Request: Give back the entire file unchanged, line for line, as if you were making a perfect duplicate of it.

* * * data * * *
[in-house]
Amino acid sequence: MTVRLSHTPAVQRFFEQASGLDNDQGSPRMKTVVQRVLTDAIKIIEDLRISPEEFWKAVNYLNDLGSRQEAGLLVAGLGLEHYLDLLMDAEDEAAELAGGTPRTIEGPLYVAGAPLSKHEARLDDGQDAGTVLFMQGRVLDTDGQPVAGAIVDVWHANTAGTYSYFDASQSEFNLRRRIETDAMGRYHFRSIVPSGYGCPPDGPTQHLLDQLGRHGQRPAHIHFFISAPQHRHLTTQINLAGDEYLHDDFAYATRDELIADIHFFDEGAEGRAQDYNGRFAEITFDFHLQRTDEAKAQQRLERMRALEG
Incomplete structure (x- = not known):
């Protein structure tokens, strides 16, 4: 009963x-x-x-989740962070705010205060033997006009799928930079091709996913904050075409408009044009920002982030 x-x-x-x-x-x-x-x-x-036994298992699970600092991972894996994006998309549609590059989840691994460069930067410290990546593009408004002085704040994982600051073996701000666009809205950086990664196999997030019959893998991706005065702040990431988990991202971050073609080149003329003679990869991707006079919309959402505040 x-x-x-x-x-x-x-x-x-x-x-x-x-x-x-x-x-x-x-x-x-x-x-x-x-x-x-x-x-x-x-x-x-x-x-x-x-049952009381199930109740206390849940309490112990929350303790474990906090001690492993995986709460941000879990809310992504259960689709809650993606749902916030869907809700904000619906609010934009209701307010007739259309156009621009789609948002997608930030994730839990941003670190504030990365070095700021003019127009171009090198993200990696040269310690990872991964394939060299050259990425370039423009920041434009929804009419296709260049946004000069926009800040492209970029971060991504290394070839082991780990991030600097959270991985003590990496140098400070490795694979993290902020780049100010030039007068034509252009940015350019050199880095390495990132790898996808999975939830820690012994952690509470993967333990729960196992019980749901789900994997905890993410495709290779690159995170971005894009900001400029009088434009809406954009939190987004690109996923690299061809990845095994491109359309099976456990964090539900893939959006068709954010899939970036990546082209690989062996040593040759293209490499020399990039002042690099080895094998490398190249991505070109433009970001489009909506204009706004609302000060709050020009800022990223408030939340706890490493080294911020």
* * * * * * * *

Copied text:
[in-house]
Amino acid sequence: MTVRLSHTPAVQRFFEQASGLDNDQGSPRMKTVVQRVLTDAIKIIEDLRISPEEFWKAVNYLNDLGSRQEAGLLVAGLGLEHYLDLLMDAEDEAAELAGGTPRTIEGPLYVAGAPLSKHEARLDDGQDAGTVLFMQGRVLDTDGQPVAGAIVDVWHANTAGTYSYFDASQSEFNLRRRIETDAMGRYHFRSIVPSGYGCPPDGPTQHLLDQLGRHGQRPAHIHFFISAPQHRHLTTQINLAGDEYLHDDFAYATRDELIADIHFFDEGAEGRAQDYNGRFAEITFDFHLQRTDEAKAQQRLERMRALEG
Incomplete structure (x- = not known):
């Protein structure tokens, strides 16, 4: 009963x-x-x-989740962070705010205060033997006009799928930079091709996913904050075409408009044009920002982030 x-x-x-x-x-x-x-x-x-036994298992699970600092991972894996994006998309549609590059989840691994460069930067410290990546593009408004002085704040994982600051073996701000666009809205950086990664196999997030019959893998991706005065702040990431988990991202971050073609080149003329003679990869991707006079919309959402505040 x-x-x-x-x-x-x-x-x-x-x-x-x-x-x-x-x-x-x-x-x-x-x-x-x-x-x-x-x-x-x-x-x-x-x-x-x-049952009381199930109740206390849940309490112990929350303790474990906090001690492993995986709460941000879990809310992504259960689709809650993606749902916030869907809700904000619906609010934009209701307010007739259309156009621009789609948002997608930030994730839990941003670190504030990365070095700021003019127009171009090198993200990696040269310690990872991964394939060299050259990425370039423009920041434009929804009419296709260049946004000069926009800040492209970029971060991504290394070839082991780990991030600097959270991985003590990496140098400070490795694979993290902020780049100010030039007068034509252009940015350019050199880095390495990132790898996808999975939830820690012994952690509470993967333990729960196992019980749901789900994997905890993410495709290779690159995170971005894009900001400029009088434009809406954009939190987004690109996923690299061809990845095994491109359309099976456990964090539900893939959006068709954010899939970036990546082209690989062996040593040759293209490499020399990039002042690099080895094998490398190249991505070109433009970001489009909506204009706004609302000060709050020009800022990223408030939340706890490493080294911020």